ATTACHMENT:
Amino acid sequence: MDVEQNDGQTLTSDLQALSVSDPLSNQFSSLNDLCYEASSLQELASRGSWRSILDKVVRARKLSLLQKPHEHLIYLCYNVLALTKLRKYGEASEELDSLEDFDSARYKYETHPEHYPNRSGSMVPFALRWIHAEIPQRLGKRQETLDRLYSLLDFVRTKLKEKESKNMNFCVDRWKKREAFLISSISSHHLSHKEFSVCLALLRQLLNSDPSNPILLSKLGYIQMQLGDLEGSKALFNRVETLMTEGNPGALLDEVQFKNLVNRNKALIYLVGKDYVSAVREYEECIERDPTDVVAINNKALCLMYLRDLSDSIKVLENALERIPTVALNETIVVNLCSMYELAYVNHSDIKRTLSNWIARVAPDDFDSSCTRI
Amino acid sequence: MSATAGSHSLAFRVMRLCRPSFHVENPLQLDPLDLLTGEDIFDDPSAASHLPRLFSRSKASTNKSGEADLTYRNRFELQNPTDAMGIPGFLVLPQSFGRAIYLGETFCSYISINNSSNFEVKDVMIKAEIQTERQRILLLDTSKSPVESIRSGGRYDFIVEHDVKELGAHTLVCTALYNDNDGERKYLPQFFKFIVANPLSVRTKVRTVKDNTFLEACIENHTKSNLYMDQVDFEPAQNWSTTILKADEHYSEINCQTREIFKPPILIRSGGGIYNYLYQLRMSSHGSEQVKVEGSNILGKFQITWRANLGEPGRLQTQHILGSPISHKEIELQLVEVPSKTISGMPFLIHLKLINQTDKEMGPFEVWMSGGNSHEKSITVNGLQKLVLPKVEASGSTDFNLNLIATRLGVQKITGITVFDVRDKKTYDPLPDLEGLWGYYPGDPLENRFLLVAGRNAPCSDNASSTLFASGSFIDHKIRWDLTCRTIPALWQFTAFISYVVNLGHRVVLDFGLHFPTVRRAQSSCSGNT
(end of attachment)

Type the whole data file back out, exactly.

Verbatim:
Amino acid sequence: MDVEQNDGQTLTSDLQALSVSDPLSNQFSSLNDLCYEASSLQELASRGSWRSILDKVVRARKLSLLQKPHEHLIYLCYNVLALTKLRKYGEASEELDSLEDFDSARYKYETHPEHYPNRSGSMVPFALRWIHAEIPQRLGKRQETLDRLYSLLDFVRTKLKEKESKNMNFCVDRWKKREAFLISSISSHHLSHKEFSVCLALLRQLLNSDPSNPILLSKLGYIQMQLGDLEGSKALFNRVETLMTEGNPGALLDEVQFKNLVNRNKALIYLVGKDYVSAVREYEECIERDPTDVVAINNKALCLMYLRDLSDSIKVLENALERIPTVALNETIVVNLCSMYELAYVNHSDIKRTLSNWIARVAPDDFDSSCTRI
Amino acid sequence: MSATAGSHSLAFRVMRLCRPSFHVENPLQLDPLDLLTGEDIFDDPSAASHLPRLFSRSKASTNKSGEADLTYRNRFELQNPTDAMGIPGFLVLPQSFGRAIYLGETFCSYISINNSSNFEVKDVMIKAEIQTERQRILLLDTSKSPVESIRSGGRYDFIVEHDVKELGAHTLVCTALYNDNDGERKYLPQFFKFIVANPLSVRTKVRTVKDNTFLEACIENHTKSNLYMDQVDFEPAQNWSTTILKADEHYSEINCQTREIFKPPILIRSGGGIYNYLYQLRMSSHGSEQVKVEGSNILGKFQITWRANLGEPGRLQTQHILGSPISHKEIELQLVEVPSKTISGMPFLIHLKLINQTDKEMGPFEVWMSGGNSHEKSITVNGLQKLVLPKVEASGSTDFNLNLIATRLGVQKITGITVFDVRDKKTYDPLPDLEGLWGYYPGDPLENRFLLVAGRNAPCSDNASSTLFASGSFIDHKIRWDLTCRTIPALWQFTAFISYVVNLGHRVVLDFGLHFPTVRRAQSSCSGNT